MEDICINE

A new venereal threat

NORA UNDERWOOD September 21 1987
MEDICINE

A new venereal threat

NORA UNDERWOOD September 21 1987

A new venereal threat

MEDICINE

The fear of contracting AIDS has gripped North Americans since the early 1980s. And partly because of the massive health education campaigns that grew out of those concerns, the incidence of gonorrhea, the most common sexually transmitted disease in Canada, has decreased dramatically since 1982. The number had dropped to 35,287 in 1986 from a reported 53,076 cases in 1982. But now health officials say that they are increasingly concerned about an increase in the incidence of a new strain of the

disease. Called penicillinase-producing neisseria gonorrhoea (PPNG), the strain is resistant to penicillin—the most common and least expensive treatment for gonorrhea. In 1986, 460 cases of PPNG were reported in Canada—a number more than four times higher than in 1982. And, according to Dr. JoAnne Dillon of the Ottawa-based Laboratory Centre for Disease Control, “the situation is out of control in the big cities.”

Untreated, gonorrhea, a highly contagious infection of the urethra and genital tract, can lead to permanent health problems—including pelvic inflammatory disease and sterility in women, and genital infections in men. In any form, the disease can cause internal damage within two weeks of infection. But with the spread of PPNG, which has to be treated with costlier alternatives to penicillin such as spectinomycin, health officials face a dilemma: until laboratory tests are conducted to determine

the strain of gonorrhea, doctors can only guess at whether a routine course of penicillin will help. By the time that the tests are complete, a patient may have suffered irreversible damage.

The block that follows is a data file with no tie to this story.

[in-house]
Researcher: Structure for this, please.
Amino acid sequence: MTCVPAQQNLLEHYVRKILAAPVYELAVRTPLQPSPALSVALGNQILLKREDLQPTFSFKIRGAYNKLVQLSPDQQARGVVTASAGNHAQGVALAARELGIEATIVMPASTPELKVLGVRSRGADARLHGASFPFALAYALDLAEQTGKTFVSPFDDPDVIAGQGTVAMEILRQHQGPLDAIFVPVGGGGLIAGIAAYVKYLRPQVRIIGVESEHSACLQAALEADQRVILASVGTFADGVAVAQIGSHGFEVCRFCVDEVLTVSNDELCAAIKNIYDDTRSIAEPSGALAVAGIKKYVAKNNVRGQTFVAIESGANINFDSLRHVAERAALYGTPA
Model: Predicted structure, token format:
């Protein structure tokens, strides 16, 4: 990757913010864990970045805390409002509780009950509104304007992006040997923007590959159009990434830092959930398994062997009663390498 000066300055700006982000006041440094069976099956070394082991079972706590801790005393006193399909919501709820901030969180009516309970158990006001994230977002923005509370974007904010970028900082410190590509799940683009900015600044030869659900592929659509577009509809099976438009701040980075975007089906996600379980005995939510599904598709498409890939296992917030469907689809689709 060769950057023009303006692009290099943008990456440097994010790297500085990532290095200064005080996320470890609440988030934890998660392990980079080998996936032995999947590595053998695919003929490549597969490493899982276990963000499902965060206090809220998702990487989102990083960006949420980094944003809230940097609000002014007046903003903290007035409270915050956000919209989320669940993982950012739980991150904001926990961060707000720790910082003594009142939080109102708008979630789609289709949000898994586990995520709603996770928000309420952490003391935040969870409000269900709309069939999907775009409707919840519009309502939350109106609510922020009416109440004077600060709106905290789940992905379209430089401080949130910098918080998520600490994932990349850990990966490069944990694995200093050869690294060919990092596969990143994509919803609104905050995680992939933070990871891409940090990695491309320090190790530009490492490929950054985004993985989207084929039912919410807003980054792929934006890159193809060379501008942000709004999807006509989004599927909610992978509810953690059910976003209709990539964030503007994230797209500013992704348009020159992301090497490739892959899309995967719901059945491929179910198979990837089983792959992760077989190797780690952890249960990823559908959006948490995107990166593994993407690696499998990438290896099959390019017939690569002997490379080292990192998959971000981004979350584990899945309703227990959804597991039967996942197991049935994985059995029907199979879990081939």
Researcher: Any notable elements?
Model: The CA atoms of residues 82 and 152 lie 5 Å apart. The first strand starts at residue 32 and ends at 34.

PPNG originated in Southeast Asia and Africa, and some experts think it could have been introduced into North America by infected soldiers returning from the Vietnam War. Health officials say that they are concerned that the new strain will spread in North America as fast as it has in such cities as Singapore and Ho Chi Minh—where PPNG is now estimated to account for 40 per cent of all cases of gonorrhea. As a result, doctors in some areas of the United States have started to treat all cases of gonorrhea as if they were penicillin-resistant. And last year officials at the Atlanta-based Centers for Disease Control announced that anyone who had contracted gonorrhea after travelling to Florida, New York City or Los Angeles should be treated for PPNG.

The new gonorrhea strain poses a special threat to young women. The decreased incidence of gonorrhea is not yet evident among women between 15 and 19. In Ontario alone, during a four-week period in June six women were diagnosed as having PPNG—five of whom were under 20. “That tells it all,” said Dr. Kathleen Givan, director of laboratories at Toronto’s Women’s College Hospital. And she added that a female patient may not immediately be aware that the treatment is not working. Said Givan: “She would not have much in the way of symptoms in the first place, and she could suffer serious damage in two weeks.”

Givan and Dillon say that finding a method of accurate diagnosis has become a critical necessity. Dillon says that doctors will have to learn how to diagnose and treat the new strain of gonorrhea. And with the higher price tag of penicillin alternatives—spectinomycin costs about $10 a dose compared to about $1 for penicillin—PPNG is likely to prove costly. But that extra cost may prove to be necessary to curb the spread of a debilitating disease.

NORA UNDERWOOD

JOHN COTTER

in Toronto